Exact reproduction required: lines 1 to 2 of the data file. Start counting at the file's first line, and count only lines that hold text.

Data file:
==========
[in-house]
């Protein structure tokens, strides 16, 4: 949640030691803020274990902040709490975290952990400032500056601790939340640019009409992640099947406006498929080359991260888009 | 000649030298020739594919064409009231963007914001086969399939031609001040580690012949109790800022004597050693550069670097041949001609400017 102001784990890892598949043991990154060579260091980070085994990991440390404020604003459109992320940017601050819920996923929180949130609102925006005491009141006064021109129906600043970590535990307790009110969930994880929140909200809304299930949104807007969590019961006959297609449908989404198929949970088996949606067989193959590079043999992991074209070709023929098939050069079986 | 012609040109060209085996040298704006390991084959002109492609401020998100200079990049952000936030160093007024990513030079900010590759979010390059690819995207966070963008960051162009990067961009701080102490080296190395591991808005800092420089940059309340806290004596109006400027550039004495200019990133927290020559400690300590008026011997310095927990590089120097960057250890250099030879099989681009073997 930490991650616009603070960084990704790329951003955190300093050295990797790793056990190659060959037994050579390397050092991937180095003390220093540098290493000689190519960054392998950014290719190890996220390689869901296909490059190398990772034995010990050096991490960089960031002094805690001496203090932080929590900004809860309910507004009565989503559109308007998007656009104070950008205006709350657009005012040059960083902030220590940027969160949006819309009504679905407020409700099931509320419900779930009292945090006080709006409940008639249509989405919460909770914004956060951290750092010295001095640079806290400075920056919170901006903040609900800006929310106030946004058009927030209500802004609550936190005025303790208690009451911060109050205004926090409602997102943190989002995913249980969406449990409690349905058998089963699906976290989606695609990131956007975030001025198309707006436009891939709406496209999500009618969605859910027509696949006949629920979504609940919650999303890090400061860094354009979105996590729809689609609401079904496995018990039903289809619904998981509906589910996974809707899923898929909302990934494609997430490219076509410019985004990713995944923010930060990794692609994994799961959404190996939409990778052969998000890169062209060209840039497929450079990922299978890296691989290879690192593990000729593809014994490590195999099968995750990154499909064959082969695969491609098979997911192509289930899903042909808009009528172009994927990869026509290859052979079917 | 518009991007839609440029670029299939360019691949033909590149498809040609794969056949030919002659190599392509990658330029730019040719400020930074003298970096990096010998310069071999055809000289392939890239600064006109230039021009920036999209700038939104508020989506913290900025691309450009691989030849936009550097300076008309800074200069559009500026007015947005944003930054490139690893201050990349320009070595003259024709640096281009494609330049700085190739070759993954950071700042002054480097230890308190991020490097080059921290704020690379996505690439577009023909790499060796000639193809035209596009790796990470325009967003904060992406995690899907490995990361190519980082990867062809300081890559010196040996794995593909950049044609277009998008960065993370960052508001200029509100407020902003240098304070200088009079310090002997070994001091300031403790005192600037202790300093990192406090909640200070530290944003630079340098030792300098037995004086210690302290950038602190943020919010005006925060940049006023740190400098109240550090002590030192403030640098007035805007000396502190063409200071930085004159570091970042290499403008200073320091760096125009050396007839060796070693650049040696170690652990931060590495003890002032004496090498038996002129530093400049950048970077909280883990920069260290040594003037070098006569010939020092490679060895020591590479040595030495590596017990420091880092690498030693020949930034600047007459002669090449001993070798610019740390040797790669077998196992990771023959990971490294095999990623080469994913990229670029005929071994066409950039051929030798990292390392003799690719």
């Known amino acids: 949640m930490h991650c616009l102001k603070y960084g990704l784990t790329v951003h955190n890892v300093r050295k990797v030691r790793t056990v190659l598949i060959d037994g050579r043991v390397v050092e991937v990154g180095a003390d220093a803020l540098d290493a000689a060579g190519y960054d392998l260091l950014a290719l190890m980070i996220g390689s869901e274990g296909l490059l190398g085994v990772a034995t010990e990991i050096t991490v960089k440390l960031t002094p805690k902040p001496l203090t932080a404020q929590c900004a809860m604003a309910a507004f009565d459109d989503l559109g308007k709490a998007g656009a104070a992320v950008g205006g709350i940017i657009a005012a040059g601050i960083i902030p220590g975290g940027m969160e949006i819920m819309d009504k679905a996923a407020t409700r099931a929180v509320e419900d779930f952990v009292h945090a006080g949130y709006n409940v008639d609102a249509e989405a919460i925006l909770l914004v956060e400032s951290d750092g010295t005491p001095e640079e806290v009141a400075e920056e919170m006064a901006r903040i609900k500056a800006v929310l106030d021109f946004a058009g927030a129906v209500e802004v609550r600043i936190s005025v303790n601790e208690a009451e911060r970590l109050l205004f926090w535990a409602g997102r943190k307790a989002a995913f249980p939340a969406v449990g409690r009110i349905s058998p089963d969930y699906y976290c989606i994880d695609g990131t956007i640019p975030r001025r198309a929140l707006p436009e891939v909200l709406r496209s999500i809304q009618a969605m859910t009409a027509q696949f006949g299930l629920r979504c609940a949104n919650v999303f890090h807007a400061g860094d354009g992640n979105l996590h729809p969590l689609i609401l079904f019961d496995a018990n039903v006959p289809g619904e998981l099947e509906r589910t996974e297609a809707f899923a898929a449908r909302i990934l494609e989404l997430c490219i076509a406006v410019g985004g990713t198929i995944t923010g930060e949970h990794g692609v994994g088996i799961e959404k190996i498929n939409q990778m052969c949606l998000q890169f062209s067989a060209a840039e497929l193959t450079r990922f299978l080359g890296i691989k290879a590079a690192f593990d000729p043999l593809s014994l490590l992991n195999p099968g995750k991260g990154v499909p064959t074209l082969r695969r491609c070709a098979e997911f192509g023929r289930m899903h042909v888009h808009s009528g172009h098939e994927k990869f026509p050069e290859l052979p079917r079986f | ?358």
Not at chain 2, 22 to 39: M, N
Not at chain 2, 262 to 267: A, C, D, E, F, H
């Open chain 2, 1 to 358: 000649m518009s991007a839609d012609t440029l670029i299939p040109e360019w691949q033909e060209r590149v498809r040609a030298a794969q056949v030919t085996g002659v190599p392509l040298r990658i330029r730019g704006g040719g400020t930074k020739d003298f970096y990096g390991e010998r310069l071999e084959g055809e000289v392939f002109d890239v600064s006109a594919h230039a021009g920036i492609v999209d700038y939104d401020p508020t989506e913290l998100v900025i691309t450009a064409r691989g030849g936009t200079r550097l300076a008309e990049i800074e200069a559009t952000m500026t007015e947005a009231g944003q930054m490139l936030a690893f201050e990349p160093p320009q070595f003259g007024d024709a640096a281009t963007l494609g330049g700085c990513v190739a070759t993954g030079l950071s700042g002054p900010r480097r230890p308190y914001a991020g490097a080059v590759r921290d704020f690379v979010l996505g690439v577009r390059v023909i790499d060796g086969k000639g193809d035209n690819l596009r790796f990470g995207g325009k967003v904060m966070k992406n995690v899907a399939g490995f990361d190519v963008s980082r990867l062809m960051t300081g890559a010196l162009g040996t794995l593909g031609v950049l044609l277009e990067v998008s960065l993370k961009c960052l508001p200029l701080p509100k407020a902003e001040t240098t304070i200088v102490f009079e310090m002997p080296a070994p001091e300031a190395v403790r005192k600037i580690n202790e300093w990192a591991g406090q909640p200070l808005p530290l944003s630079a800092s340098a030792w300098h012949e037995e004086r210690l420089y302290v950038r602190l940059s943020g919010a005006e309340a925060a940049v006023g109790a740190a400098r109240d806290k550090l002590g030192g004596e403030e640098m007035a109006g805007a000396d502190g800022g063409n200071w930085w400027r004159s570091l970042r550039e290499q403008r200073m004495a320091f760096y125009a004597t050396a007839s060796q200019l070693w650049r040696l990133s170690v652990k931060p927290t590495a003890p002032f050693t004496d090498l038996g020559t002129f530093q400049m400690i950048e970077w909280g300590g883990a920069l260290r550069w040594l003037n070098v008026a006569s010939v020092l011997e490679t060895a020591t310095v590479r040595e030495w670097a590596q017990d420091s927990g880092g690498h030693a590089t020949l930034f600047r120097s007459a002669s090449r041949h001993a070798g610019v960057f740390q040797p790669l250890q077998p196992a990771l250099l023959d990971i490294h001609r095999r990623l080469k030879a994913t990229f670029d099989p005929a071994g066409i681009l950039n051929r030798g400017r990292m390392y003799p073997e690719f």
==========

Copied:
[in-house]
């Protein structure tokens, strides 16, 4: 949640030691803020274990902040709490975290952990400032500056601790939340640019009409992640099947406006498929080359991260888009 | 000649030298020739594919064409009231963007914001086969399939031609001040580690012949109790800022004597050693550069670097041949001609400017 102001784990890892598949043991990154060579260091980070085994990991440390404020604003459109992320940017601050819920996923929180949130609102925006005491009141006064021109129906600043970590535990307790009110969930994880929140909200809304299930949104807007969590019961006959297609449908989404198929949970088996949606067989193959590079043999992991074209070709023929098939050069079986 | 012609040109060209085996040298704006390991084959002109492609401020998100200079990049952000936030160093007024990513030079900010590759979010390059690819995207966070963008960051162009990067961009701080102490080296190395591991808005800092420089940059309340806290004596109006400027550039004495200019990133927290020559400690300590008026011997310095927990590089120097960057250890250099030879099989681009073997 930490991650616009603070960084990704790329951003955190300093050295990797790793056990190659060959037994050579390397050092991937180095003390220093540098290493000689190519960054392998950014290719190890996220390689869901296909490059190398990772034995010990050096991490960089960031002094805690001496203090932080929590900004809860309910507004009565989503559109308007998007656009104070950008205006709350657009005012040059960083902030220590940027969160949006819309009504679905407020409700099931509320419900779930009292945090006080709006409940008639249509989405919460909770914004956060951290750092010295001095640079806290400075920056919170901006903040609900800006929310106030946004058009927030209500802004609550936190005025303790208690009451911060109050205004926090409602997102943190989002995913249980969406449990409690349905058998089963699906976290989606695609990131956007975030001025198309707006436009891939709406496209999500009618969605859910027509696949006949629920979504609940919650999303890090400061860094354009979105996590729809689609609401079904496995018990039903289809619904998981509906589910996974809707899923898929909302990934494609997430490219076509410019985004990713995944923010930060990794692609994994799961959404190996939409990778052969998000890169062209060209840039497929450079990922299978890296691989290879690192593990000729593809014994490590195999099968995750990154499909064959082969695969491609098979997911192509289930899903042909808009009528172009994927990869026509290859052979079917 | 518009991007839609440029670029299939360019691949033909590149498809040609794969056949030919002659190599392509990658330029730019040719400020930074003298970096990096010998310069071999055809000289392939890239600064006109230039021009920036999209700038939104508020989506913290900025691309450009691989030849936009550097300076008309800074200069559009500026007015947005944003930054490139690893201050990349320009070595003259024709640096281009494609330049700085190739070759993954950071700042002054480097230890308190991020490097080059921290704020690379996505690439577009023909790499060796000639193809035209596009790796990470325009967003904060992406995690899907490995990361190519980082990867062809300081890559010196040996794995593909950049044609277009998008960065993370960052508001200029509100407020902003240098304070200088009079310090002997070994001091300031403790005192600037202790300093990192406090909640200070530290944003630079340098030792300098037995004086210690302290950038602190943020919010005006925060940049006023740190400098109240550090002590030192403030640098007035805007000396502190063409200071930085004159570091970042290499403008200073320091760096125009050396007839060796070693650049040696170690652990931060590495003890002032004496090498038996002129530093400049950048970077909280883990920069260290040594003037070098006569010939020092490679060895020591590479040595030495590596017990420091880092690498030693020949930034600047007459002669090449001993070798610019740390040797790669077998196992990771023959990971490294095999990623080469994913990229670029005929071994066409950039051929030798990292390392003799690719």